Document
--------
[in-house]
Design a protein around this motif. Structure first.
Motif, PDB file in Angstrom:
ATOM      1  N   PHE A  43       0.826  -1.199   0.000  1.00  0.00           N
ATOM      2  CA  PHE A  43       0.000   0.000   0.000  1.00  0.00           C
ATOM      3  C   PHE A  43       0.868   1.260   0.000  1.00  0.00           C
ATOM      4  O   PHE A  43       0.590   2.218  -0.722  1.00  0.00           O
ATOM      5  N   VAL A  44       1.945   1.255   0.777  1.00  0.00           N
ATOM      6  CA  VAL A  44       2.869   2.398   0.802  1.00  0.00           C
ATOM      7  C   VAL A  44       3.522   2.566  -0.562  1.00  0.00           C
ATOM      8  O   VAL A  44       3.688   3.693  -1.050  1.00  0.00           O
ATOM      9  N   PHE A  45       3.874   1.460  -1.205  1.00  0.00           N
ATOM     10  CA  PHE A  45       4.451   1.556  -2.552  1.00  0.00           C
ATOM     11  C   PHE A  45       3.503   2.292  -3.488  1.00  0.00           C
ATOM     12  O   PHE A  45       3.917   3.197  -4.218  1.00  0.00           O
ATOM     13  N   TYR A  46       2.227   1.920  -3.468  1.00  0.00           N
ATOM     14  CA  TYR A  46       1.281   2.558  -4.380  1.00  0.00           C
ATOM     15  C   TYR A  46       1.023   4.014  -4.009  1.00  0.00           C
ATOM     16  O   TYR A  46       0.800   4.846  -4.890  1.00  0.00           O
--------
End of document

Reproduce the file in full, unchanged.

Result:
[in-house]
Design a protein around this motif. Structure first.
Motif, PDB file in Angstrom:
ATOM      1  N   PHE A  43       0.826  -1.199   0.000  1.00  0.00           N
ATOM      2  CA  PHE A  43       0.000   0.000   0.000  1.00  0.00           C
ATOM      3  C   PHE A  43       0.868   1.260   0.000  1.00  0.00           C
ATOM      4  O   PHE A  43       0.590   2.218  -0.722  1.00  0.00           O
ATOM      5  N   VAL A  44       1.945   1.255   0.777  1.00  0.00           N
ATOM      6  CA  VAL A  44       2.869   2.398   0.802  1.00  0.00           C
ATOM      7  C   VAL A  44       3.522   2.566  -0.562  1.00  0.00           C
ATOM      8  O   VAL A  44       3.688   3.693  -1.050  1.00  0.00           O
ATOM      9  N   PHE A  45       3.874   1.460  -1.205  1.00  0.00           N
ATOM     10  CA  PHE A  45       4.451   1.556  -2.552  1.00  0.00           C
ATOM     11  C   PHE A  45       3.503   2.292  -3.488  1.00  0.00           C
ATOM     12  O   PHE A  45       3.917   3.197  -4.218  1.00  0.00           O
ATOM     13  N   TYR A  46       2.227   1.920  -3.468  1.00  0.00           N
ATOM     14  CA  TYR A  46       1.281   2.558  -4.380  1.00  0.00           C
ATOM     15  C   TYR A  46       1.023   4.014  -4.009  1.00  0.00           C
ATOM     16  O   TYR A  46       0.800   4.846  -4.890  1.00  0.00           O